Reclaiming Responsibilities for Our Next Generations by Matt RemleTweet
Some of our earliest teachings came to our ancestors through intense observation of the natural world around them. Our relatives from the winged, four legged and other nations taught us much from how to organize our nations, to how to hunt, to which medicines to use. In the Northern Plains, one of our greatest teachers, and providers, was the Pte Oyate (buffalo nation).
When the Pte Oyate senses danger they move into a protective formation to protect their young. The Tatanka, buffalo bulls, will encircle the herd taking their instruction for the eldest bull who stands in the middle. The buffalo cows will form a secondary inner protective circle inside the circle of bulls. In the very center are the calves. The herd functions to protect the calves since they are both the most vulnerable and represent the future survival of the herd.
As the Oceti Sakowin (Seven Council Fires Lakota, Dakota & Nakota), one of the lessons we learned from observing this protective formation is that one of our responsibilities as adults is to protect our young. Our young are vulnerable to outside attacks and the survival of our nations rests with the survival of our young.
Over the course of the past several hundred years, U.S. colonialism, and its campaigns of genocide, have worked feverishly to not only displace Indigenous populations from their homelands, but to also destroy our traditions, spiritualities, languages, and traditional ways of being.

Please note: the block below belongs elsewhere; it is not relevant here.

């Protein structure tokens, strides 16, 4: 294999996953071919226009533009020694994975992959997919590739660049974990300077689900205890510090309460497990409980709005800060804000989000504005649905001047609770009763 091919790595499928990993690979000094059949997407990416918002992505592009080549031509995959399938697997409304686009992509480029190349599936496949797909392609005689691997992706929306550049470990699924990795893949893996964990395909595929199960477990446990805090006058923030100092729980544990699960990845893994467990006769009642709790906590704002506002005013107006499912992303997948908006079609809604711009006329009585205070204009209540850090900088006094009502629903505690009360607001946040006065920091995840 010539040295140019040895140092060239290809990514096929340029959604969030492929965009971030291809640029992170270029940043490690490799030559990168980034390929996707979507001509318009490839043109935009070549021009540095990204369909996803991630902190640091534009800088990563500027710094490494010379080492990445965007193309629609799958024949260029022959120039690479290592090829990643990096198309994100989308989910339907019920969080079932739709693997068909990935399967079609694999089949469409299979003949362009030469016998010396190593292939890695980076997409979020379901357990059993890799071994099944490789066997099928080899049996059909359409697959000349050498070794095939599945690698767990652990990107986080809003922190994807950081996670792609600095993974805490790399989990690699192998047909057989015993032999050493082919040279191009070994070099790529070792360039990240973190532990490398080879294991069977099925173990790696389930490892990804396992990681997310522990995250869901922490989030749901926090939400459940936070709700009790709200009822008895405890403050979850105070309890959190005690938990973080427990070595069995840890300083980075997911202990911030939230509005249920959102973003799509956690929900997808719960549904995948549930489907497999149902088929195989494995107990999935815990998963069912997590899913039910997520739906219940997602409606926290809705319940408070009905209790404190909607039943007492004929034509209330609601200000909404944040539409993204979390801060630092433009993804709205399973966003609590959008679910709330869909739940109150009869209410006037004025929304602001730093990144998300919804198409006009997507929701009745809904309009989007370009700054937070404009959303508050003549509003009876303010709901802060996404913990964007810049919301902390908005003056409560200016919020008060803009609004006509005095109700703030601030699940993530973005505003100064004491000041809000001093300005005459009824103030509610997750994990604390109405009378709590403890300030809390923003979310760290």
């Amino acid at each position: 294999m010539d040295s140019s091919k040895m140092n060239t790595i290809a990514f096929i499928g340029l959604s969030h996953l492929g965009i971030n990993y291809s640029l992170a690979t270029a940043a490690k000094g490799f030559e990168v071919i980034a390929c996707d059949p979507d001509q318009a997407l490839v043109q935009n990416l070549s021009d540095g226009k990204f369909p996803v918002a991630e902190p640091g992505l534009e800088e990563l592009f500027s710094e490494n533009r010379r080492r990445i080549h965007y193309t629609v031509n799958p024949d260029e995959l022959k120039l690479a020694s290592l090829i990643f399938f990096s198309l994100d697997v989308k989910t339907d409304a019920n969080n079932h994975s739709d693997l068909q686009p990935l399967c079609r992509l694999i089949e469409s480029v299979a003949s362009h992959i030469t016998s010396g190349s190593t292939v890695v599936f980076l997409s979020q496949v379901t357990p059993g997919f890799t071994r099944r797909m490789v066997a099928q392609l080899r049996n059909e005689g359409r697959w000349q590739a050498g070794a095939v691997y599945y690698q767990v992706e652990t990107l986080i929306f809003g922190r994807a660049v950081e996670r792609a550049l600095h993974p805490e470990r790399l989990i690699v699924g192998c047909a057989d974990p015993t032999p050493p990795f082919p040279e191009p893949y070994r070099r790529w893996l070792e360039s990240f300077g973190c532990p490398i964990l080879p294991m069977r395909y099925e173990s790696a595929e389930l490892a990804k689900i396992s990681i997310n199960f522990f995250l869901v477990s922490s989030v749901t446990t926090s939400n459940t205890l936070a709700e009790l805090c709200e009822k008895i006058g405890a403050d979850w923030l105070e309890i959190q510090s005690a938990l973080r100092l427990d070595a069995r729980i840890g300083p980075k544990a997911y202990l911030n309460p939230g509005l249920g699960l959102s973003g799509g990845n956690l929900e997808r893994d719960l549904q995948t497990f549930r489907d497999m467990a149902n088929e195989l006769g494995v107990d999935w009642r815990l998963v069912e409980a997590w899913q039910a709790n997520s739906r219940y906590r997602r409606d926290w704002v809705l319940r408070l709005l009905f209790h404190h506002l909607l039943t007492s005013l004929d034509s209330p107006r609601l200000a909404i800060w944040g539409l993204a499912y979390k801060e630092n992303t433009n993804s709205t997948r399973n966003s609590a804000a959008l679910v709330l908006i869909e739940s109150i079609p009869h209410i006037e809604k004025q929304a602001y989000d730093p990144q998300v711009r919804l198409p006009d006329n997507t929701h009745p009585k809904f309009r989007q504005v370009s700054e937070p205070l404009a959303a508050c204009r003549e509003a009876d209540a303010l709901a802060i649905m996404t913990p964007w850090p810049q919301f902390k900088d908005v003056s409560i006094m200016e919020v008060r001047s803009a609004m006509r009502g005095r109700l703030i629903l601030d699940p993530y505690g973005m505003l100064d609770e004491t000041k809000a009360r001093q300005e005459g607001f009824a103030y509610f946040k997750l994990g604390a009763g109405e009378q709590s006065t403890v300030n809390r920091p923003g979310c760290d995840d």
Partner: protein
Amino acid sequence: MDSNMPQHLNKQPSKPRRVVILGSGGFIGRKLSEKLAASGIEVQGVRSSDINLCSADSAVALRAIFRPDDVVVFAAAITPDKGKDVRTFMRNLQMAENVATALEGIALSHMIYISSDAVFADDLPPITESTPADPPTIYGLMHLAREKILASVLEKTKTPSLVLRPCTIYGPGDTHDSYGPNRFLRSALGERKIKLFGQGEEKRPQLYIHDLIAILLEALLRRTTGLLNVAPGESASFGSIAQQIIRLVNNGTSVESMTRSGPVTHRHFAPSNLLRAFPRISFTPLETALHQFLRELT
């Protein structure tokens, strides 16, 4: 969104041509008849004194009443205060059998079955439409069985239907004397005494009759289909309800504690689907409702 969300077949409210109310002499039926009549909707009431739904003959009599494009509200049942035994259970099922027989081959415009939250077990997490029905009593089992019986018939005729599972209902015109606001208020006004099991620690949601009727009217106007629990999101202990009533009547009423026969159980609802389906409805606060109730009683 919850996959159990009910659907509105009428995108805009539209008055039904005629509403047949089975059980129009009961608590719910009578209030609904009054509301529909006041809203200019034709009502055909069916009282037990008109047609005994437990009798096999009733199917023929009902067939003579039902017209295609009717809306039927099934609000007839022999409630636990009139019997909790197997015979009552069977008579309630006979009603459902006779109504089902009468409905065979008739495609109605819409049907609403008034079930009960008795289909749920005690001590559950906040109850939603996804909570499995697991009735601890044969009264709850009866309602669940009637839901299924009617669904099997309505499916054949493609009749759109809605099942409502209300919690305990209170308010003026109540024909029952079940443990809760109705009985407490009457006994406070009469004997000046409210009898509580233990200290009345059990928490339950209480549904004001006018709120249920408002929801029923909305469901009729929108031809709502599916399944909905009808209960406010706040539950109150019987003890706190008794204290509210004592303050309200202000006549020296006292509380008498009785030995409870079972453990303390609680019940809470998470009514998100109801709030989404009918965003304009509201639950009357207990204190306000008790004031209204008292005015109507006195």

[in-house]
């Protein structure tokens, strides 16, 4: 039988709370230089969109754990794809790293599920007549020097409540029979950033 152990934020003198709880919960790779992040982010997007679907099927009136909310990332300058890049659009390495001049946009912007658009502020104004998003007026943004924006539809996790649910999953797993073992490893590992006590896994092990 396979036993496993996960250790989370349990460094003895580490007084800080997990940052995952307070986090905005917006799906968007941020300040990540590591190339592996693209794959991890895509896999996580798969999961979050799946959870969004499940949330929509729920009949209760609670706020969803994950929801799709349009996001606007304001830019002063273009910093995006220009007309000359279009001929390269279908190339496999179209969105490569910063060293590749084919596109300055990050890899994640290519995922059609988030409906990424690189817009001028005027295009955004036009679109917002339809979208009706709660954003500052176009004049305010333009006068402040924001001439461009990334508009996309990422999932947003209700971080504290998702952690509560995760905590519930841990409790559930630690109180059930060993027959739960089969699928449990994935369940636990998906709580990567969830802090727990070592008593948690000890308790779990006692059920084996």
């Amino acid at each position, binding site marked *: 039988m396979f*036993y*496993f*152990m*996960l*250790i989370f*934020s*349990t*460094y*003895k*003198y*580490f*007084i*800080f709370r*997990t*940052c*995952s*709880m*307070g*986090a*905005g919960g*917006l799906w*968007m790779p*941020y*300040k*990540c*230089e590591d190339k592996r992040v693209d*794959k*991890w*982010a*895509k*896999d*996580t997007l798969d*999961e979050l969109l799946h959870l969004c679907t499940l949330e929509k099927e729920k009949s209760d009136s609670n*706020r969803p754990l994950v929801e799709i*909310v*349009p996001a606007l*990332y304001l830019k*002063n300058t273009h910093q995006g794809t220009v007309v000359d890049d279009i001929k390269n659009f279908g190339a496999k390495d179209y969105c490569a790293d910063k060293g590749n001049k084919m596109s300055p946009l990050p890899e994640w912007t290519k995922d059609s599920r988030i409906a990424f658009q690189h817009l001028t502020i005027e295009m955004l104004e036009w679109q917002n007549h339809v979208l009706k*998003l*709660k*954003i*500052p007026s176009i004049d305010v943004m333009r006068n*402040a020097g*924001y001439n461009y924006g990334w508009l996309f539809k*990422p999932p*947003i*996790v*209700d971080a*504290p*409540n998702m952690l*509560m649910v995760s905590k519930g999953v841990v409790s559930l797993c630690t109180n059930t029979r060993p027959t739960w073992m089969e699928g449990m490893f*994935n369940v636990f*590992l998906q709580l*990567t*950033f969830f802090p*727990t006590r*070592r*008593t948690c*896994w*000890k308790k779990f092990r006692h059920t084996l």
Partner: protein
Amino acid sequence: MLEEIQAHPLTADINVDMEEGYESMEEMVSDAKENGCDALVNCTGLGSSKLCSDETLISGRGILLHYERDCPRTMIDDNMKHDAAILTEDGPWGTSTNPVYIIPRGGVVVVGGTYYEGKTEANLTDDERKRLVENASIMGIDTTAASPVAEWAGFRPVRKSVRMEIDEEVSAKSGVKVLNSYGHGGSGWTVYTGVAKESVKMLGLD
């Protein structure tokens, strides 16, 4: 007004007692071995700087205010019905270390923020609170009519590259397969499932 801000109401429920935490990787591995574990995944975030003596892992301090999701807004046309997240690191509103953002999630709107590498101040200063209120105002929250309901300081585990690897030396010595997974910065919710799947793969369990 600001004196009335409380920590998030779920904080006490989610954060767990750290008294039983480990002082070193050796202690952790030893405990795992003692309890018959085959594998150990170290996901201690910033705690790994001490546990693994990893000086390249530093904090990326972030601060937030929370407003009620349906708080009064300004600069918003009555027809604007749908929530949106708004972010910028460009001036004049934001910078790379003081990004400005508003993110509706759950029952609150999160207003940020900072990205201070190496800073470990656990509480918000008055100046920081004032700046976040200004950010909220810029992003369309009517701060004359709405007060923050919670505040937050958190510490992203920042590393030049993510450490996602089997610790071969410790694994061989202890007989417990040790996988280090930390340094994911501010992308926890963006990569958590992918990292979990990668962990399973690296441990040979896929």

The introduction of the government sponsored, church run, boarding schools was perhaps the government’s most effective tool in bringing about the near decimation of our traditional ways. The wide spread theft and forced assimilation of our children over the course of generations worked effectively to eliminate languages, customs, spiritualities and traditional roles and responsibilities, including that as protectors and providers for our young.
Today, it would be no stretch of the truth to state that our young are living in a near constant state of emergency. Conditions impacting our youth range from high suicide rates, malnourishment, abandonment, substance abuse, bullying, and harassment to physical and sexual abuse. While these conditions don’t impact all our youth, or all our Nations, to say they don’t exist is simple denial. Having worked for over a decade in a border town high school serving our Native youth, I’ve worked with many of our young ones who face a number of these issues and more.
Too often, the issues impacting our young are met with a blind eye, or condemnation in blaming them for their problems. This must end. Protecting, supporting, and uplifting our young ones will not come from any government, school or even tribal programs, but rather from us reclaiming our traditional roles and responsibilities as protectors and providers for not just our own children, but all children.
Providing our young ones with our time, love and energy will do far more for their mental, physical, emotional and spiritual being than any program could ever provide. It is also upon us to stand up, encircle them, and protect them from the constant dangers they face. From protecting traditional lands, medicines, songs, languages, and ceremonies to stopping sexual exploitation, depression and substance abuse we have much to fight for and against. Our young are precious and they are our future. Their survival, and the survival of our Nations, is dependent on us fulfilling our responsibilities.
Wakíƞyaƞ Waánataƞ (Matt Remle @ )